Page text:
Statement on Kentucky Diabetes Educator Licensure Law
NCBDE supports goals to increase the number of qualified diabetes educators to care for a significantly increasing population of persons with diabetes or pre-diabetes. We also support initiatives to broaden recognition of the discipline. Achievement of such goals can dramatically improve the quality of care for, and lifestyle of, our fellow citizens who must live with this devastating disease.
Unfortunately, we believe the Kentucky diabetes educator licensure law falls far short of fulfilling those goals. Indeed, as written, we believe the Kentucky law will encourage the licensure of health care practitioners who are inadequately prepared and unqualified to provide Diabetes Self-Management Education/Training (DSME/T).
More specifically, the Kentucky law embodies a number of serious flaws:
1. The law establishes eligibility pathways, one of which is significantly less rigorous than the other;
Those health care professionals who are either exempted from licensure or those who have successfully met NCBDE Certified Diabetes Educator® (CDE®) or American Association of Diabetes Educator Board Certified-Advanced Diabetes Management (BC-ADM) discipline requirements, practice hours and continuing education criteria and who have passed a psychometrically validated examination.
Those health care practitioners who merely need to “complete” the AADE Core Concepts Course and accumulate an as yet unspecified number of supervised practice hours.
Given this two-tiered structure, there is no guarantee that an acceptable standard of diabetes care will be achieved. In fact, the law “lowers the bar” by licensing educators on the basis of the lowest common denominator. The net effect will be the recognition of health care practitioners who are unqualified and incompetent to provide DSME/T. This is particularly troublesome when one contemplates the licensure of someone who has failed NCBDE’s or AADE’s certification examinations to become either a CDE® or BC-ADM.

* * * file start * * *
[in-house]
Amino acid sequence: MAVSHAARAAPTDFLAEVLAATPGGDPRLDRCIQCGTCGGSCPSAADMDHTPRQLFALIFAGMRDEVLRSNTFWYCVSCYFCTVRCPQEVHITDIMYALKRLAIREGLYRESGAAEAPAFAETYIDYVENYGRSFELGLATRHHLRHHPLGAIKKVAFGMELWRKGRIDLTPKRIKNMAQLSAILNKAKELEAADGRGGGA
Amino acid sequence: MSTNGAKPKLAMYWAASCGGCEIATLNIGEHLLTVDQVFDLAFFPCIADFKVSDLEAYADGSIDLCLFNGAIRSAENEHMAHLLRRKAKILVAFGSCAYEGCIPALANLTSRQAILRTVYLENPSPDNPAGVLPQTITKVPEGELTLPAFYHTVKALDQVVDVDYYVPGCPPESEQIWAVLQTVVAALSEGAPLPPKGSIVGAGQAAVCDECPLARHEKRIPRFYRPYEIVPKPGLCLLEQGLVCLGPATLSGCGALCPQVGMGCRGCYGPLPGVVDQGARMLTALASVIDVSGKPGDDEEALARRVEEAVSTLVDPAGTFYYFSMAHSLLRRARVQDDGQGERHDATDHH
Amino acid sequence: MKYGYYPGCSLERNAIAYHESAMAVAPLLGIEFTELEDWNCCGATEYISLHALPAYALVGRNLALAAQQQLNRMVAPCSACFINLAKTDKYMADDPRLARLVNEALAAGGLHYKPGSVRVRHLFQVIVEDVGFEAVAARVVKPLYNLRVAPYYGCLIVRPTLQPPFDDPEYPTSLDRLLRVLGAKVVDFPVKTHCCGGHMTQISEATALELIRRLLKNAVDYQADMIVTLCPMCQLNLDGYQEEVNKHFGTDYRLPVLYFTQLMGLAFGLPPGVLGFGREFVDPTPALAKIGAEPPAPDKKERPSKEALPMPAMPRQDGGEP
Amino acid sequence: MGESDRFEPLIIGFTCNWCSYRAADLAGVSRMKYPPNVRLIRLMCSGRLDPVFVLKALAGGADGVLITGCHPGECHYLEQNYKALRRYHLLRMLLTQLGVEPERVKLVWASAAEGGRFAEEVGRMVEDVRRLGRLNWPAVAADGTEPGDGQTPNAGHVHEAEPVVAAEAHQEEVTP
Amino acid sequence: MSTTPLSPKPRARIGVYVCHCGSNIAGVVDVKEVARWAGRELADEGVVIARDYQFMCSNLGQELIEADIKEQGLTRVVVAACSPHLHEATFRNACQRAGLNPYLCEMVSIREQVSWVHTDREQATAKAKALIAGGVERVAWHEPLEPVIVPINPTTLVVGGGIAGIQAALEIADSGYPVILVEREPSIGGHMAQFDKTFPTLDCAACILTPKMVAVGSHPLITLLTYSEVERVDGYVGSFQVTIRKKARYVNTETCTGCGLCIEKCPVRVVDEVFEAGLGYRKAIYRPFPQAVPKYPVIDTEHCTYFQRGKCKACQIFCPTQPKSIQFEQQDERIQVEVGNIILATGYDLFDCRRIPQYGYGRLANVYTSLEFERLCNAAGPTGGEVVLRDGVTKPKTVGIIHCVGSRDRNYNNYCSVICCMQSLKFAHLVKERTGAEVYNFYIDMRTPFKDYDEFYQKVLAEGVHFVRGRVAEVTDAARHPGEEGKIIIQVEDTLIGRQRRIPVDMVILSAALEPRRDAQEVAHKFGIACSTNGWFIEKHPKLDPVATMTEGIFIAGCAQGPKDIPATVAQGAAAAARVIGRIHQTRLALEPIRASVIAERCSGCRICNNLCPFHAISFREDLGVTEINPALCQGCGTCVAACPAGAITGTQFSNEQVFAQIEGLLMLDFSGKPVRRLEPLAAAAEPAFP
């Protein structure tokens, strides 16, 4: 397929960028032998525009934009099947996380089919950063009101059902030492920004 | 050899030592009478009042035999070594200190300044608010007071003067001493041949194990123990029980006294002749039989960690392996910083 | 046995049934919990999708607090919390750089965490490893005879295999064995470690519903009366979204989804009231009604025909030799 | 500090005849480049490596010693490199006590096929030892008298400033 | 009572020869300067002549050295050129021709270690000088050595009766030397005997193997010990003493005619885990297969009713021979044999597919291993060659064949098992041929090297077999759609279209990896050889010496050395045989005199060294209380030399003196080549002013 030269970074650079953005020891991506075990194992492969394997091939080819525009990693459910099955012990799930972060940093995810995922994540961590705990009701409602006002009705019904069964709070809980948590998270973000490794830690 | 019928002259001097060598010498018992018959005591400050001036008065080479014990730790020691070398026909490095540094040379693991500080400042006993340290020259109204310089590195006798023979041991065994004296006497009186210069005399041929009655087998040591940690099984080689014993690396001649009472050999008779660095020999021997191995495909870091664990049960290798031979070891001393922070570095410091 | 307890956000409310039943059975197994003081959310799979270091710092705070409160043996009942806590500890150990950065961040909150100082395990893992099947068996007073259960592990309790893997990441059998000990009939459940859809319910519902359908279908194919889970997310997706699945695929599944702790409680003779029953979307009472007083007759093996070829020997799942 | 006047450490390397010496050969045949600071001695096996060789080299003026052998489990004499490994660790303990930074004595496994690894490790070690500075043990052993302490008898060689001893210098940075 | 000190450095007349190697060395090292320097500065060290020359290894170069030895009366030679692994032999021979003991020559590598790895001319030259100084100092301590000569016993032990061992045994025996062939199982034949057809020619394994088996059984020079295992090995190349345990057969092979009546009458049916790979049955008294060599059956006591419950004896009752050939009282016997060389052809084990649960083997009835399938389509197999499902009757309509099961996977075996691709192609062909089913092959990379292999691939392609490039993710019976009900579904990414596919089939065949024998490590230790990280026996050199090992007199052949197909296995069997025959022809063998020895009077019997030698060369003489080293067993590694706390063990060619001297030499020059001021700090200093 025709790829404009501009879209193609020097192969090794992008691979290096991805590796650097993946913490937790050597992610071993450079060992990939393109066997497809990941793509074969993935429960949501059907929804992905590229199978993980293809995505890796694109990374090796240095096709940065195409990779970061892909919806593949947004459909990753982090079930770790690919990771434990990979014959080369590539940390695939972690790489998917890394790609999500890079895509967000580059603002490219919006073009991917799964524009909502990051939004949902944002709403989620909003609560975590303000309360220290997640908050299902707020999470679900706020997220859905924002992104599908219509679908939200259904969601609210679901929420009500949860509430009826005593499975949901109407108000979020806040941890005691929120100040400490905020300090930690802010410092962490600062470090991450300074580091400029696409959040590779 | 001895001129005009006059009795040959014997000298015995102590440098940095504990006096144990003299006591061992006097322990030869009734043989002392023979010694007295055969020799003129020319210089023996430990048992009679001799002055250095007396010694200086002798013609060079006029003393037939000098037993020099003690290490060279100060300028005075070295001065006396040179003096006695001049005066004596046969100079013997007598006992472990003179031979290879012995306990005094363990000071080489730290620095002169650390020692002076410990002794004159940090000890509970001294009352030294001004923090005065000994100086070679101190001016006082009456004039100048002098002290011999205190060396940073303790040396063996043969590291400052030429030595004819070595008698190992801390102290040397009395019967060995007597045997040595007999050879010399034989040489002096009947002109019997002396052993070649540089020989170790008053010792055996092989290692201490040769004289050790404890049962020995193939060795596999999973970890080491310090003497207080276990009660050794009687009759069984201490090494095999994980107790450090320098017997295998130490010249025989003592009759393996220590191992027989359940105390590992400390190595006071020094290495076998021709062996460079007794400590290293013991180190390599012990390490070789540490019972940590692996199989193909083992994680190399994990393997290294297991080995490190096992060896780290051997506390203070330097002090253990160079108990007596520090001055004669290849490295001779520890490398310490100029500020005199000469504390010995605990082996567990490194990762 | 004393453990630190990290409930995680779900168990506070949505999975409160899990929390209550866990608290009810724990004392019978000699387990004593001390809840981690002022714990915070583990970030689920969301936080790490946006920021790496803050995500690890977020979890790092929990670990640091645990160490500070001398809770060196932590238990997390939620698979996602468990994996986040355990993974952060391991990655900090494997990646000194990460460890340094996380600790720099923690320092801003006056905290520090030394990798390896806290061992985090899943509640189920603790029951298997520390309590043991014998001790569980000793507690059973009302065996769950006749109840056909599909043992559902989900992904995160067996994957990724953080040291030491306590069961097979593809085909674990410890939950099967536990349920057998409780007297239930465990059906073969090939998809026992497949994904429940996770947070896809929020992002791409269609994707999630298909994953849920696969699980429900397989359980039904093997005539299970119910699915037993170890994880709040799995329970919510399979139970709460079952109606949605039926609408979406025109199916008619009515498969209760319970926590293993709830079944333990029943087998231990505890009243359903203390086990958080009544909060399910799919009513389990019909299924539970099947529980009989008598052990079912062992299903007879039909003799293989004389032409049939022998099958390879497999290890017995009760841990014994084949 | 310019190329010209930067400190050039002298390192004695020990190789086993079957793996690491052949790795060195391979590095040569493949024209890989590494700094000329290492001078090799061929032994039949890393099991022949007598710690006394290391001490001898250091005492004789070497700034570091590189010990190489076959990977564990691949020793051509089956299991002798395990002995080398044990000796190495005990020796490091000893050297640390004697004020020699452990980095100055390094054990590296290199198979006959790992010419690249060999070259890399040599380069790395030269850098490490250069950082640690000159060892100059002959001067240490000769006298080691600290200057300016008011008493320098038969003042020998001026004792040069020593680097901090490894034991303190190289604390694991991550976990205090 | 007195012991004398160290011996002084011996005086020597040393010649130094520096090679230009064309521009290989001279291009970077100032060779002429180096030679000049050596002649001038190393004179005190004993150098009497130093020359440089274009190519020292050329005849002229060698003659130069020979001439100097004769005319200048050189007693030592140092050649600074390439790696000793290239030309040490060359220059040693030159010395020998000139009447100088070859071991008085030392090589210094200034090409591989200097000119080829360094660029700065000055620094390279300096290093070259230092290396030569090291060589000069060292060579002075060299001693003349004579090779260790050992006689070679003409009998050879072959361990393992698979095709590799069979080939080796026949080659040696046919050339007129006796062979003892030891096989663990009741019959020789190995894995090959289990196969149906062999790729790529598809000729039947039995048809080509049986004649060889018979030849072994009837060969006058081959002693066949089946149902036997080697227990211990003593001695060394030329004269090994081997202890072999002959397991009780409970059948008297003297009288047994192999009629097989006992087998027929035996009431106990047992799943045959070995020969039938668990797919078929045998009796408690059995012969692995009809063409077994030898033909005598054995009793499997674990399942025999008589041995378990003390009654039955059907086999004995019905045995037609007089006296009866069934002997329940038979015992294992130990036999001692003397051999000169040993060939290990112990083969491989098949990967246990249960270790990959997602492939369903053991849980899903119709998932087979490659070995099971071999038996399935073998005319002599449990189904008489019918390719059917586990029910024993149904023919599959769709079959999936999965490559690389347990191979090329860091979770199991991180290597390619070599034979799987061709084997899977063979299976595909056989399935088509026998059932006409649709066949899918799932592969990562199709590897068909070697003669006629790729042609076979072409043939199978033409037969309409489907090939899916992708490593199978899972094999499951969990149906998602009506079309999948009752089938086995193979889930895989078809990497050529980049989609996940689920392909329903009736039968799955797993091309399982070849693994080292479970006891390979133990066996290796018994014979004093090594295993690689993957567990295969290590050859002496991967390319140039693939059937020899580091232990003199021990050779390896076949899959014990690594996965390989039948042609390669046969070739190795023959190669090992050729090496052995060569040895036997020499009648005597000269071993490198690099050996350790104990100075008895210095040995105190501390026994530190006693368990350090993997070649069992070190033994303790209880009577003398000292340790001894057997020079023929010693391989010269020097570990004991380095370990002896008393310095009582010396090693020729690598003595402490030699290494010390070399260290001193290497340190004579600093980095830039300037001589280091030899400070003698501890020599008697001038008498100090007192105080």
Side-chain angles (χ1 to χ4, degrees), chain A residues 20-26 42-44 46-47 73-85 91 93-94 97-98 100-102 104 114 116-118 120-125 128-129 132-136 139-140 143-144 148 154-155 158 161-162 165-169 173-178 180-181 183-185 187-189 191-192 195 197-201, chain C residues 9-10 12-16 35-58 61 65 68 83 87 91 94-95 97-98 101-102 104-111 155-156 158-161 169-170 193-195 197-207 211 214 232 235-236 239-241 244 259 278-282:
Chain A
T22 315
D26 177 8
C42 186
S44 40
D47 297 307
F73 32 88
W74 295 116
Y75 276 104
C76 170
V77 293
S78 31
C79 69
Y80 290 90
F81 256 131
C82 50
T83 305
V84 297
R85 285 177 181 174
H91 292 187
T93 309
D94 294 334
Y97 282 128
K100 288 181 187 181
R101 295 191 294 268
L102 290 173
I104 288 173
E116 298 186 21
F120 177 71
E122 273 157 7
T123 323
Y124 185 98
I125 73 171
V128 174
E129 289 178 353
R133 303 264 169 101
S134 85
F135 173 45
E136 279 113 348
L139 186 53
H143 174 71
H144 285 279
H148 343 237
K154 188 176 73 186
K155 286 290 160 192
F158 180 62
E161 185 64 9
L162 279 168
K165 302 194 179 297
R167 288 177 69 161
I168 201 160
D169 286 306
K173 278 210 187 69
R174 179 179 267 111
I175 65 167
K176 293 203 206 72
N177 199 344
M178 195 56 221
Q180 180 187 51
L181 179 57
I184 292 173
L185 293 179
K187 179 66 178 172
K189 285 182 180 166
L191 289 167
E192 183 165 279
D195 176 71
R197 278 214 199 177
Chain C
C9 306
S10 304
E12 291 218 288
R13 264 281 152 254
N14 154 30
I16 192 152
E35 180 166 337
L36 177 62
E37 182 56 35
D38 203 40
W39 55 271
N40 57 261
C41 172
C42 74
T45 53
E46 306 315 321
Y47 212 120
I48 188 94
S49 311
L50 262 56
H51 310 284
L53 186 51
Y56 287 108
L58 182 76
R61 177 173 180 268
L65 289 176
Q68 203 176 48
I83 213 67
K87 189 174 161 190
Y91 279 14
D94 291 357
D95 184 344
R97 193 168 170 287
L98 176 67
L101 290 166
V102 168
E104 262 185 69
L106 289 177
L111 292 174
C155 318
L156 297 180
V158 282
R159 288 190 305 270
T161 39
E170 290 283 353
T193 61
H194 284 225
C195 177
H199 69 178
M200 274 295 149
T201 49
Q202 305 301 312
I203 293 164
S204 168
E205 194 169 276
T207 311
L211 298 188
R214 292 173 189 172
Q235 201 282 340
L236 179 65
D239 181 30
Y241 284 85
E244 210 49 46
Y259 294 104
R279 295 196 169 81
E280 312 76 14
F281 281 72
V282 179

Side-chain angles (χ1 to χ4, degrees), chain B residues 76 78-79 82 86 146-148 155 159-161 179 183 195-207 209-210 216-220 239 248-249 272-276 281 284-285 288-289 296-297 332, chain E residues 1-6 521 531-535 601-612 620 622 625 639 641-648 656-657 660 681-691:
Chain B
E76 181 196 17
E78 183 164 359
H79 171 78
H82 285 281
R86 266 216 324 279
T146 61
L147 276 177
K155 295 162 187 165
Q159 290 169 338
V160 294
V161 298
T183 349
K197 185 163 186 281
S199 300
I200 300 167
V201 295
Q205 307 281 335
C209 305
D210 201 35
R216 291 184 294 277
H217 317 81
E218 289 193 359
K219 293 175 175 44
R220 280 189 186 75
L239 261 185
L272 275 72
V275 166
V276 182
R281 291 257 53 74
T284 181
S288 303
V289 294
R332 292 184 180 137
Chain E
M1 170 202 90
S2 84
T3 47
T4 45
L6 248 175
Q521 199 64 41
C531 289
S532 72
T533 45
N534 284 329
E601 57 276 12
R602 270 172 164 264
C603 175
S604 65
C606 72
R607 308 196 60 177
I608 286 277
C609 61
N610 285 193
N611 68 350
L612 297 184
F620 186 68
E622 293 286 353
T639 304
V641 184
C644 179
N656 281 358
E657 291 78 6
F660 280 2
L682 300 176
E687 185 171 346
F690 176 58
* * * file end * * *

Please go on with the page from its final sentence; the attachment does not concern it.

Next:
2. Non-licensed or non-certified health care workers merely need to complete AADE’s Core Concepts program as the sole source for acquiring a fundamental knowledge base to provide DSME/T.
AADE’s Core Concepts program is an excellent continuing education program for building upon and refining the knowledge base of a diabetes educator. However, there is no evidence that it singularly imparts the requisite knowledge for providing DSME/T. Indeed, a number of continuing education programs, sponsored by reputable and nationally recognized organizations, also focus upon the knowledge needed to competently care for persons with diabetes. This legislation also ignores academic programs that comprehensively address diabetes and diabetes education. For example, in September 2011, Columbia State Teachers College (Columbia University) will enroll its first post-baccalaureate academic class to become Masters prepared as diabetes educators. The Kentucky law would ignore that Masters program as an equivalent or superior educational program to the Core Concepts program.